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How to De-Winterize Your Home

By Tabitha Jean Naylor

If a home is standing vacant for a long period of time many people have their homes winterized. Basically, winterizing a home means the plumbing system is prepared to withstand cold winter temperatures and freezing pipes by draining all the water from the system including the water heater. Sometimes winterization companies will add anti freeze to all the floor drains, traps, and toilets. De-winterizing your home means "charging" or making the plumbing system ready for everyday use.

The first step in de-winterizing you plumbing system is to remove all of the aerators from the faucets. This includes all kitchen sinks, vanity sinks and laundry sinks. Sometimes there will be build-up in the lines and removing the aerators allows any build-up to drain out from the system.

Next, open the supply valves under each sink. Make sure the faucet handles are all in the closed position. When you are working on the kitchen sinks you should also check the supply line to the refrigerator and freezer. If it is not connected to the unit, make sure to close the valves at the supply line.

On the hot water heater, open the supply valve. Before you open the valve at the water meter, open an exterior hose bib. This is important for two reasons; you will be able to see that the water is actually on and it relieves some of the pressure when you "charge" the line to the house.

Now it is time to open the valve at the water meter. It is important to do this gently without jerking the valve open. It is a good rule to open the valve a quarter turn every 5-10 seconds. This way, the pressure of the water won't shock the plumbing lines. If the pressure builds too quickly it can cause leaks within the system.

When you can see the water coming from the exterior hose bib then you can go into the house and check that the water heater is filling up. Normally you can hear the tank filling. You should not turn on an electric water heater until the tank is full.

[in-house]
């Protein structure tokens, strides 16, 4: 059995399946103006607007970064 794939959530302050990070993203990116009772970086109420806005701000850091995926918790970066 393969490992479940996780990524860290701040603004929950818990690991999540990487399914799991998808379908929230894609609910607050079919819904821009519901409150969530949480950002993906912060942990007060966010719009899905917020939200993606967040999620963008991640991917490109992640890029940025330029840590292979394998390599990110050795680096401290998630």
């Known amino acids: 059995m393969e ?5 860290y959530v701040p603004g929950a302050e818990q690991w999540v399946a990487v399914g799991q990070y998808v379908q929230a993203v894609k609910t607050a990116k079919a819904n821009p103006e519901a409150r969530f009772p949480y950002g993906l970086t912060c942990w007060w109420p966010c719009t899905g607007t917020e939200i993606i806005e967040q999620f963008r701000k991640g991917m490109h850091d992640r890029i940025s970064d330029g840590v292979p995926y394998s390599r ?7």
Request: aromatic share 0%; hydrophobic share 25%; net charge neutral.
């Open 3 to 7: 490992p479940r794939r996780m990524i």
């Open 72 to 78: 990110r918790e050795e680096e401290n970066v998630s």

Once you confirm the water heater is filling up you can begin turning the water on at each faucet. Again, you should do this slowly. Turning the water on at the faucet should purge out any sediment in the pipes and any air bubbles from the system. Let the water run for several minutes in each faucet so it flushes out the lines.

Once all the sinks are flushed you can proceed to open the valves to the toilets. One they valves are open let the toilet tanks fill completely. Once the tank is full, flush the toilet to make sure it is working properly.

After the toilets, you can turn the water on for each tub and shower in the house. Once all the plumbing fixtures are turned on and water is coming through the fixtures you can go and close the valve at the hose bib.

Once the system is turned on and charged you should do a walk around to check for any leaking. If you find any leaks it is a good idea to contact a licensed plumber to check the system. If there are no leaks then you can reinstall all of the faucet aerators and turn on the water heater once it is full. Voila! Your home plumbing system is now de-winterized. If anti freeze was added to the floor drains you should pour a gallon or so of water down each drain to out the anti-freeze. The anti freeze will be purged from the traps and toilet with the first use.

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